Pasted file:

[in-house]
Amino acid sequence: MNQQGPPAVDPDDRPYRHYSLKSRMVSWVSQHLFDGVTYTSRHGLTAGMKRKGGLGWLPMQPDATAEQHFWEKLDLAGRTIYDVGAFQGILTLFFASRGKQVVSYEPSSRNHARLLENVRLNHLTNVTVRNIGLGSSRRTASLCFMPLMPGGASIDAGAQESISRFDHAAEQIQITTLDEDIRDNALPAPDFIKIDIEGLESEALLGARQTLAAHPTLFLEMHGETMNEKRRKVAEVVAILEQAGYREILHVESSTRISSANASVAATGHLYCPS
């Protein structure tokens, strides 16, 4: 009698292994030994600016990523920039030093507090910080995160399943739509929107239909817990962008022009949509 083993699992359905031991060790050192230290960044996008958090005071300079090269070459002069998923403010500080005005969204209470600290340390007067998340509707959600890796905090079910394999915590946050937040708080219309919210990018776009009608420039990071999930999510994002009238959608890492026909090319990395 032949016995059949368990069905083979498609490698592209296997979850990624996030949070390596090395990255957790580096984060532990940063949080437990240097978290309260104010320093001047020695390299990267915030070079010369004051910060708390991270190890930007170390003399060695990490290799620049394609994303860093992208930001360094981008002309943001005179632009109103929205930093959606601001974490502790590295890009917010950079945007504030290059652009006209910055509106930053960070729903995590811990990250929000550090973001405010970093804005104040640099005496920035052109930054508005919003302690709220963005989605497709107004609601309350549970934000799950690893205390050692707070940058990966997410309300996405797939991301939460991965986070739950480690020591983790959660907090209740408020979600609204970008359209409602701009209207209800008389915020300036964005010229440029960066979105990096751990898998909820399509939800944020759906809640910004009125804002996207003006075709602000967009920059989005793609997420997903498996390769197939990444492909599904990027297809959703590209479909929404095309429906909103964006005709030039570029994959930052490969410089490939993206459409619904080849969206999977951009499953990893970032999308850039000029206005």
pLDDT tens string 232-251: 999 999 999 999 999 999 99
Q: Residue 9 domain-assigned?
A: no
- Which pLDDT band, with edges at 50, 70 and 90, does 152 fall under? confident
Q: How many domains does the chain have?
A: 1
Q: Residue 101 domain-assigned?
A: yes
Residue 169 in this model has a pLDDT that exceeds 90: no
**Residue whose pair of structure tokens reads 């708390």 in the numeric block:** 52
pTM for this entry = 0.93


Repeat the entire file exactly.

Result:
[in-house]
Amino acid sequence: MNQQGPPAVDPDDRPYRHYSLKSRMVSWVSQHLFDGVTYTSRHGLTAGMKRKGGLGWLPMQPDATAEQHFWEKLDLAGRTIYDVGAFQGILTLFFASRGKQVVSYEPSSRNHARLLENVRLNHLTNVTVRNIGLGSSRRTASLCFMPLMPGGASIDAGAQESISRFDHAAEQIQITTLDEDIRDNALPAPDFIKIDIEGLESEALLGARQTLAAHPTLFLEMHGETMNEKRRKVAEVVAILEQAGYREILHVESSTRISSANASVAATGHLYCPS
């Protein structure tokens, strides 16, 4: 009698292994030994600016990523920039030093507090910080995160399943739509929107239909817990962008022009949509 083993699992359905031991060790050192230290960044996008958090005071300079090269070459002069998923403010500080005005969204209470600290340390007067998340509707959600890796905090079910394999915590946050937040708080219309919210990018776009009608420039990071999930999510994002009238959608890492026909090319990395 032949016995059949368990069905083979498609490698592209296997979850990624996030949070390596090395990255957790580096984060532990940063949080437990240097978290309260104010320093001047020695390299990267915030070079010369004051910060708390991270190890930007170390003399060695990490290799620049394609994303860093992208930001360094981008002309943001005179632009109103929205930093959606601001974490502790590295890009917010950079945007504030290059652009006209910055509106930053960070729903995590811990990250929000550090973001405010970093804005104040640099005496920035052109930054508005919003302690709220963005989605497709107004609601309350549970934000799950690893205390050692707070940058990966997410309300996405797939991301939460991965986070739950480690020591983790959660907090209740408020979600609204970008359209409602701009209207209800008389915020300036964005010229440029960066979105990096751990898998909820399509939800944020759906809640910004009125804002996207003006075709602000967009920059989005793609997420997903498996390769197939990444492909599904990027297809959703590209479909929404095309429906909103964006005709030039570029994959930052490969410089490939993206459409619904080849969206999977951009499953990893970032999308850039000029206005």
pLDDT tens string 232-251: 999 999 999 999 999 999 99
Q: Residue 9 domain-assigned?
A: no
- Which pLDDT band, with edges at 50, 70 and 90, does 152 fall under? confident
Q: How many domains does the chain have?
A: 1
Q: Residue 101 domain-assigned?
A: yes
Residue 169 in this model has a pLDDT that exceeds 90: no
**Residue whose pair of structure tokens reads 């708390």 in the numeric block:** 52
pTM for this entry = 0.93